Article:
The Racist Bone


The toe bones connected to the foot bone and the foot bones connected to the leg bone and the leg bones connected to the racist bone… Wait – A – Minute. Is there a racist bone? I don’t know but I have been reading a lot of articles where people are constantly throwing out the “he/she doesn’t have a racist bone in their body.” I even read one where a guy was saying that Bush didn’t have one of those bones either, now that was a barrel of laughs, yep, sure he nor they don’t. My philosophy has always been, if a person has to start off a sentence denying the obviousness of the racism/racist that it probably is racism/racist. Like how people usually start off their racists rants with “I’m not racist but…” It never ceases to amaze me that in this country which was literally built on racism, classism, sexism and any other ism you can think of, people would actually deny that racism still exists. Racism and racists exists people and those racist bones are riddled throughout most of their bodies.

Now I am not going to claim that only White people are racist because racism permeates all cultures, countries, continents and probably planets (if I read Brotherpeacemaker’s post correctly even “Andorians are racist”). The problem I am having is that people want to tout that they have no racist bones or they are not racist when they say these things which are usually aimed towards Blacks, but the question is how and when did they lose this racist bone? Just because Blacks have come a long way doesn’t mean that everything is equal game over, no it is just the opposite, and we still have a long arduous road ahead to continue until we get EQUALITY. I know that people are probably thinking, but Blacks do have equality, that is what was being fought for during the civil rights struggle. I also know that things are far from equal. You can see this in daily life but please remove any rose colored glasses first. We have disparities in all facets of our lives, housing, employment, education, healthcare and the justice system or for all the Blacks who are reading then it’s the in-justice system.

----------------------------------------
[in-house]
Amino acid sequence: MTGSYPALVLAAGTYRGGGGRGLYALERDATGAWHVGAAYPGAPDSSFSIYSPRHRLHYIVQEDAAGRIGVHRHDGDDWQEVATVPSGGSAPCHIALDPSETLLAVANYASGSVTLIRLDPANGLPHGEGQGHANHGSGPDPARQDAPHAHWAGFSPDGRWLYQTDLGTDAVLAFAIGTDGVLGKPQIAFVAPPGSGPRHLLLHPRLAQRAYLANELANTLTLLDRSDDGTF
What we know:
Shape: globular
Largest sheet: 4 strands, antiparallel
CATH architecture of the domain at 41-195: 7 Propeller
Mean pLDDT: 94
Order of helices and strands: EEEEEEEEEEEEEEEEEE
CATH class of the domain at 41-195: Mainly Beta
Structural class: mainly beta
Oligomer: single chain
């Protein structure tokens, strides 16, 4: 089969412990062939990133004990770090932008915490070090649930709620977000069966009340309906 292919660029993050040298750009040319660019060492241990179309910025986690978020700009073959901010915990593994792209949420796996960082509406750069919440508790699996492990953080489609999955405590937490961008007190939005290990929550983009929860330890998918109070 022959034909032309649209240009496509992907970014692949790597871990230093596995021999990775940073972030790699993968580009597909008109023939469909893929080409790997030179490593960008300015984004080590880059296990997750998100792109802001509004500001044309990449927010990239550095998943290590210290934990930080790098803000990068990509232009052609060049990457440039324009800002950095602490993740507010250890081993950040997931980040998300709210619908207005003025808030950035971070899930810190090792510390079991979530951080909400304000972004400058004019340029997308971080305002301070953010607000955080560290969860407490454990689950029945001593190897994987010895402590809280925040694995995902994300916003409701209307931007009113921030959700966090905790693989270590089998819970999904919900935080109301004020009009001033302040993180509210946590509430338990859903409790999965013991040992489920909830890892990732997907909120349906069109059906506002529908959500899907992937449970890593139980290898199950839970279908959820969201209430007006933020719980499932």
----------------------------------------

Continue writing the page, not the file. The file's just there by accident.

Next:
This world in which we live has been twisted toward the views of White people in general, we call this white privilege. When a person is born into a world where they are receiving clues and propaganda that they matter more than other races of people, they will grow up to have a feeling of superiority toward other races. The clues and propaganda come from a variety of sources, television shows – almost everyone on television looks like them and shows them just how special they are; news – when all viewpoints are told from their perspective and just how evil or bad other races especially Blacks are on a continual basis; businesses – businesses that they frequent or their parents workplace are 99% the same race as them, it lets them know that people like them are obviously more qualified; government – the people who run the country they live in look like them and make laws to protect them and their family interests; cities – is full of people who look like them and those that don’t live in a crappy part of the city they avoid just deserve the best life has to offer; friends/family – make comments about the negativity of other races, they are learning that these other races are in fact inferior because Grandpa or whoever doesn’t have a racist bone in their body.